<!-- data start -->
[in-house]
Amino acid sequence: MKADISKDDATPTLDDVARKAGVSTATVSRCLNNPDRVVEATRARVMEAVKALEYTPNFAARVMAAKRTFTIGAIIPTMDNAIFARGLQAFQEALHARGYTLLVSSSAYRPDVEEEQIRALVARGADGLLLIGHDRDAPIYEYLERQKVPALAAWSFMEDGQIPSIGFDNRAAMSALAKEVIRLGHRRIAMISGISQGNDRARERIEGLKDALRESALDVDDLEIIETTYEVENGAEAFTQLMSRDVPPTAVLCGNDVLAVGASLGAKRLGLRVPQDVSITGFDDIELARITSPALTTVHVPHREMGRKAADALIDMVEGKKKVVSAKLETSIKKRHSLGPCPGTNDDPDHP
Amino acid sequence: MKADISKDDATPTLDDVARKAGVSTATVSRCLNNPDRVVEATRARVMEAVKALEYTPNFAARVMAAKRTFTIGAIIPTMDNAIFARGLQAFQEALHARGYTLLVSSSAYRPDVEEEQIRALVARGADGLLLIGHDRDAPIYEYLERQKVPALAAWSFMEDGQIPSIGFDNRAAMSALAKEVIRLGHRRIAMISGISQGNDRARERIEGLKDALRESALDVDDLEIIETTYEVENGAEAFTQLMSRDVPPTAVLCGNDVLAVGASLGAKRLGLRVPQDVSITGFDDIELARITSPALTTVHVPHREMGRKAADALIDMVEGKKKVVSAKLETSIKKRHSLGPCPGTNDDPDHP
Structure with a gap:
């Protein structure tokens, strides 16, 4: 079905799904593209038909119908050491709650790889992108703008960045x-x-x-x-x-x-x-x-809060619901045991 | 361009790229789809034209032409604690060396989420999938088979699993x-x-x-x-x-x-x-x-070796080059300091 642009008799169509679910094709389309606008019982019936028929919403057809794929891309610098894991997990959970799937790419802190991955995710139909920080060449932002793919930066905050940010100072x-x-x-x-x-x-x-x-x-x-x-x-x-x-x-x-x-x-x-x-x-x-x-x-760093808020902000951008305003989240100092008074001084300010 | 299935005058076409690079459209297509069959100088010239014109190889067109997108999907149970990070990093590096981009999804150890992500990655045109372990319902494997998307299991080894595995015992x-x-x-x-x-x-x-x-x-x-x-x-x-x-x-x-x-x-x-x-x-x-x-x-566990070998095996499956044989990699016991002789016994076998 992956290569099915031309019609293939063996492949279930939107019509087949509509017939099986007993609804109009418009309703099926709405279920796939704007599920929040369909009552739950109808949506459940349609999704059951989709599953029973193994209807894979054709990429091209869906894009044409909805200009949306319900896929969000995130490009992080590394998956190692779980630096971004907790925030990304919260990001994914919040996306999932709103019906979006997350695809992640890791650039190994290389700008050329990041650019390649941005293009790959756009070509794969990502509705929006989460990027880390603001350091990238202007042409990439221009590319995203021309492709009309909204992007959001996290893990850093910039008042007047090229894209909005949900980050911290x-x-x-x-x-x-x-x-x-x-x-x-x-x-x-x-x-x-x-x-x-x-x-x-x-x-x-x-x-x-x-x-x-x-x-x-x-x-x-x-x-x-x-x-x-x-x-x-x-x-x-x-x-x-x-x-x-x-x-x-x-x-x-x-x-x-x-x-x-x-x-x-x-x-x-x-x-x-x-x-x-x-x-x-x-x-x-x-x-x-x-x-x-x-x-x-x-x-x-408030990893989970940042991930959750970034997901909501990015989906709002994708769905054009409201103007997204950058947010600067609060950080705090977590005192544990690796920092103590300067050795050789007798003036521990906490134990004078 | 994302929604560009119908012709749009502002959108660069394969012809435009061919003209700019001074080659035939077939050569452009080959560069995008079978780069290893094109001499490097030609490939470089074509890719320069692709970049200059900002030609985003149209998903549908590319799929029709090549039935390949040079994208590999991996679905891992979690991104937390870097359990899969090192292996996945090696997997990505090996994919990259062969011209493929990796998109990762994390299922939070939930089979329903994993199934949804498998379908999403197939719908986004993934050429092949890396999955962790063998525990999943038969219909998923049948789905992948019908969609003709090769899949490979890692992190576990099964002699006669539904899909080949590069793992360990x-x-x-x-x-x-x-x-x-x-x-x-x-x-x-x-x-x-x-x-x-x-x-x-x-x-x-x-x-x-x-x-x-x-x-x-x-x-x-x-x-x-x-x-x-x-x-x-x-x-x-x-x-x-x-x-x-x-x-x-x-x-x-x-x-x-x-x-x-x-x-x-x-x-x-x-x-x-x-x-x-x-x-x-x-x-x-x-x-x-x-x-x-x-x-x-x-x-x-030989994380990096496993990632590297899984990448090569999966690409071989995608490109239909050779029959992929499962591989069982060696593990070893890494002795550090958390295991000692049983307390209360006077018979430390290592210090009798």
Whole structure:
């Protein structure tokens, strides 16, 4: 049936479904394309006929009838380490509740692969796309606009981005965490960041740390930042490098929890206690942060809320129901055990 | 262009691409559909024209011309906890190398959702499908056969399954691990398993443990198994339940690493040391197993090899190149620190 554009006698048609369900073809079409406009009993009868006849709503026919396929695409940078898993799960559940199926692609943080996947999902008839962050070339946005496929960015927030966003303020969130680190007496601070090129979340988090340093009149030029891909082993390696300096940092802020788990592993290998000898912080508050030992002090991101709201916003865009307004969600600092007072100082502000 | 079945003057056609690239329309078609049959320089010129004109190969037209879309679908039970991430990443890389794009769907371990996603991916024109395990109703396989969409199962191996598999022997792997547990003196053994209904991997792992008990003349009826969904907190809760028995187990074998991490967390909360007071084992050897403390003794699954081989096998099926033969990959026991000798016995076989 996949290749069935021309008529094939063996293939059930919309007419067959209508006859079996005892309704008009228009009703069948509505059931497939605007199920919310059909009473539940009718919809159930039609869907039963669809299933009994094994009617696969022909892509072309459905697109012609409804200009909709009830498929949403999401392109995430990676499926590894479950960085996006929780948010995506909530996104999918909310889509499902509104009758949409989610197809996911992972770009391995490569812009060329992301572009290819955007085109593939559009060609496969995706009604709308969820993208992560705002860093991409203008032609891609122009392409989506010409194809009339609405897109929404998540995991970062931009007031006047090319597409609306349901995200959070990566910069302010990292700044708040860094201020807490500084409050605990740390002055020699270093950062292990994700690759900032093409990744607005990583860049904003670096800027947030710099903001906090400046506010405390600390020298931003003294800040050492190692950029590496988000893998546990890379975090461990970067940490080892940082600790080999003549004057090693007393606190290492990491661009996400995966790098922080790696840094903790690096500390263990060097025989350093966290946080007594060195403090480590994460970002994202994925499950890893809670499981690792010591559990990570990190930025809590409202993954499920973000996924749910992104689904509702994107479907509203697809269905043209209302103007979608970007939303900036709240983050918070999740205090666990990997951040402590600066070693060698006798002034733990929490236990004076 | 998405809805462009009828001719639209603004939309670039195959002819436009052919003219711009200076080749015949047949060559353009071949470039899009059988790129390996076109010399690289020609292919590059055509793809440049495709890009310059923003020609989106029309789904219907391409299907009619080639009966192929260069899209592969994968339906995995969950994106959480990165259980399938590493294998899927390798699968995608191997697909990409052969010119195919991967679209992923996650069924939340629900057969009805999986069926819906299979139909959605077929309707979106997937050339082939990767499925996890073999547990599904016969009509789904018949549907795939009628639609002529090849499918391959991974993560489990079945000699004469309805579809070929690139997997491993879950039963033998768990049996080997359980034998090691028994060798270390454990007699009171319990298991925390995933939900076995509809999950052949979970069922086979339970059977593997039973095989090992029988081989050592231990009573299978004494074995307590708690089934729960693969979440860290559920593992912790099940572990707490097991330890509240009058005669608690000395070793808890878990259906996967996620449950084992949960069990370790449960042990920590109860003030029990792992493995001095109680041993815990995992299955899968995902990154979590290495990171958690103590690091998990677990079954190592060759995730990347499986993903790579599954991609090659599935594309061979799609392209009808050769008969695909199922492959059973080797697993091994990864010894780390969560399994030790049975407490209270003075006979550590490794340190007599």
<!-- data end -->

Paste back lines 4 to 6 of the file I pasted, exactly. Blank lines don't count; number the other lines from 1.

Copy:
Structure with a gap:
């Protein structure tokens, strides 16, 4: 079905799904593209038909119908050491709650790889992108703008960045x-x-x-x-x-x-x-x-809060619901045991 | 361009790229789809034209032409604690060396989420999938088979699993x-x-x-x-x-x-x-x-070796080059300091 642009008799169509679910094709389309606008019982019936028929919403057809794929891309610098894991997990959970799937790419802190991955995710139909920080060449932002793919930066905050940010100072x-x-x-x-x-x-x-x-x-x-x-x-x-x-x-x-x-x-x-x-x-x-x-x-760093808020902000951008305003989240100092008074001084300010 | 299935005058076409690079459209297509069959100088010239014109190889067109997108999907149970990070990093590096981009999804150890992500990655045109372990319902494997998307299991080894595995015992x-x-x-x-x-x-x-x-x-x-x-x-x-x-x-x-x-x-x-x-x-x-x-x-566990070998095996499956044989990699016991002789016994076998 992956290569099915031309019609293939063996492949279930939107019509087949509509017939099986007993609804109009418009309703099926709405279920796939704007599920929040369909009552739950109808949506459940349609999704059951989709599953029973193994209807894979054709990429091209869906894009044409909805200009949306319900896929969000995130490009992080590394998956190692779980630096971004907790925030990304919260990001994914919040996306999932709103019906979006997350695809992640890791650039190994290389700008050329990041650019390649941005293009790959756009070509794969990502509705929006989460990027880390603001350091990238202007042409990439221009590319995203021309492709009309909204992007959001996290893990850093910039008042007047090229894209909005949900980050911290x-x-x-x-x-x-x-x-x-x-x-x-x-x-x-x-x-x-x-x-x-x-x-x-x-x-x-x-x-x-x-x-x-x-x-x-x-x-x-x-x-x-x-x-x-x-x-x-x-x-x-x-x-x-x-x-x-x-x-x-x-x-x-x-x-x-x-x-x-x-x-x-x-x-x-x-x-x-x-x-x-x-x-x-x-x-x-x-x-x-x-x-x-x-x-x-x-x-x-408030990893989970940042991930959750970034997901909501990015989906709002994708769905054009409201103007997204950058947010600067609060950080705090977590005192544990690796920092103590300067050795050789007798003036521990906490134990004078 | 994302929604560009119908012709749009502002959108660069394969012809435009061919003209700019001074080659035939077939050569452009080959560069995008079978780069290893094109001499490097030609490939470089074509890719320069692709970049200059900002030609985003149209998903549908590319799929029709090549039935390949040079994208590999991996679905891992979690991104937390870097359990899969090192292996996945090696997997990505090996994919990259062969011209493929990796998109990762994390299922939070939930089979329903994993199934949804498998379908999403197939719908986004993934050429092949890396999955962790063998525990999943038969219909998923049948789905992948019908969609003709090769899949490979890692992190576990099964002699006669539904899909080949590069793992360990x-x-x-x-x-x-x-x-x-x-x-x-x-x-x-x-x-x-x-x-x-x-x-x-x-x-x-x-x-x-x-x-x-x-x-x-x-x-x-x-x-x-x-x-x-x-x-x-x-x-x-x-x-x-x-x-x-x-x-x-x-x-x-x-x-x-x-x-x-x-x-x-x-x-x-x-x-x-x-x-x-x-x-x-x-x-x-x-x-x-x-x-x-x-x-x-x-x-x-030989994380990096496993990632590297899984990448090569999966690409071989995608490109239909050779029959992929499962591989069982060696593990070893890494002795550090958390295991000692049983307390209360006077018979430390290592210090009798």
Whole structure: